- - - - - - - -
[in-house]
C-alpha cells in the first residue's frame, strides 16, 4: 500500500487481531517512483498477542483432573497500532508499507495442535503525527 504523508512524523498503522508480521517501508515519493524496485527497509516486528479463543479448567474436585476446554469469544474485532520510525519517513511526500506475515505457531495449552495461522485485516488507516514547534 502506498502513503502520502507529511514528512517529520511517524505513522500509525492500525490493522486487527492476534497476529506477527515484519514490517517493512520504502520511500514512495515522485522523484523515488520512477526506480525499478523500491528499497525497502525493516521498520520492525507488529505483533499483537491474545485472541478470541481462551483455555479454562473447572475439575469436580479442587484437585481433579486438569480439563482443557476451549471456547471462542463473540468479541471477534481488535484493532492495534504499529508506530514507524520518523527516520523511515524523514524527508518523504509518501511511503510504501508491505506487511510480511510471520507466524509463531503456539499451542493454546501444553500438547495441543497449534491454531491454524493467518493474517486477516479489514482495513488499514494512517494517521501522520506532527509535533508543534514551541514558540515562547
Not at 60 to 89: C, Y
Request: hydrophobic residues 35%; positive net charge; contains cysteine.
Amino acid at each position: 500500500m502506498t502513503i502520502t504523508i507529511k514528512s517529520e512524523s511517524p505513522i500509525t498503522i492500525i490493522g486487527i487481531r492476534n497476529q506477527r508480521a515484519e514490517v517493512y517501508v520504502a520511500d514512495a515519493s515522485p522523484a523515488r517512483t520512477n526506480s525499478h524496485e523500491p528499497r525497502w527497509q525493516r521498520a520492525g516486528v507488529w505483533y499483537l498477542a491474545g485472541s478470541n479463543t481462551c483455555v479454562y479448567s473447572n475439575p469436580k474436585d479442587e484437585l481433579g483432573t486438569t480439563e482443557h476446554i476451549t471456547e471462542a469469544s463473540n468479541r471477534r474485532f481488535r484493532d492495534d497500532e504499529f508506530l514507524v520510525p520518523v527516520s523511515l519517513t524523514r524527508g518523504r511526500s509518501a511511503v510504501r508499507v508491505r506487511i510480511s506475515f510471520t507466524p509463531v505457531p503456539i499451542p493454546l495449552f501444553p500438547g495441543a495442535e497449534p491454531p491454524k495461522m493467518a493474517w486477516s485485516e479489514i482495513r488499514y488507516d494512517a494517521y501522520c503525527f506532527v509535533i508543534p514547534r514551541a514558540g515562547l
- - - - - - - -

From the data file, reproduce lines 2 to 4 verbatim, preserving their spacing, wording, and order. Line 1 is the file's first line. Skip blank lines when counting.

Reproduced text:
C-alpha cells in the first residue's frame, strides 16, 4: 500500500487481531517512483498477542483432573497500532508499507495442535503525527 504523508512524523498503522508480521517501508515519493524496485527497509516486528479463543479448567474436585476446554469469544474485532520510525519517513511526500506475515505457531495449552495461522485485516488507516514547534 502506498502513503502520502507529511514528512517529520511517524505513522500509525492500525490493522486487527492476534497476529506477527515484519514490517517493512520504502520511500514512495515522485522523484523515488520512477526506480525499478523500491528499497525497502525493516521498520520492525507488529505483533499483537491474545485472541478470541481462551483455555479454562473447572475439575469436580479442587484437585481433579486438569480439563482443557476451549471456547471462542463473540468479541471477534481488535484493532492495534504499529508506530514507524520518523527516520523511515524523514524527508518523504509518501511511503510504501508491505506487511510480511510471520507466524509463531503456539499451542493454546501444553500438547495441543497449534491454531491454524493467518493474517486477516479489514482495513488499514494512517494517521501522520506532527509535533508543534514551541514558540515562547
Not at 60 to 89: C, Y
Request: hydrophobic residues 35%; positive net charge; contains cysteine.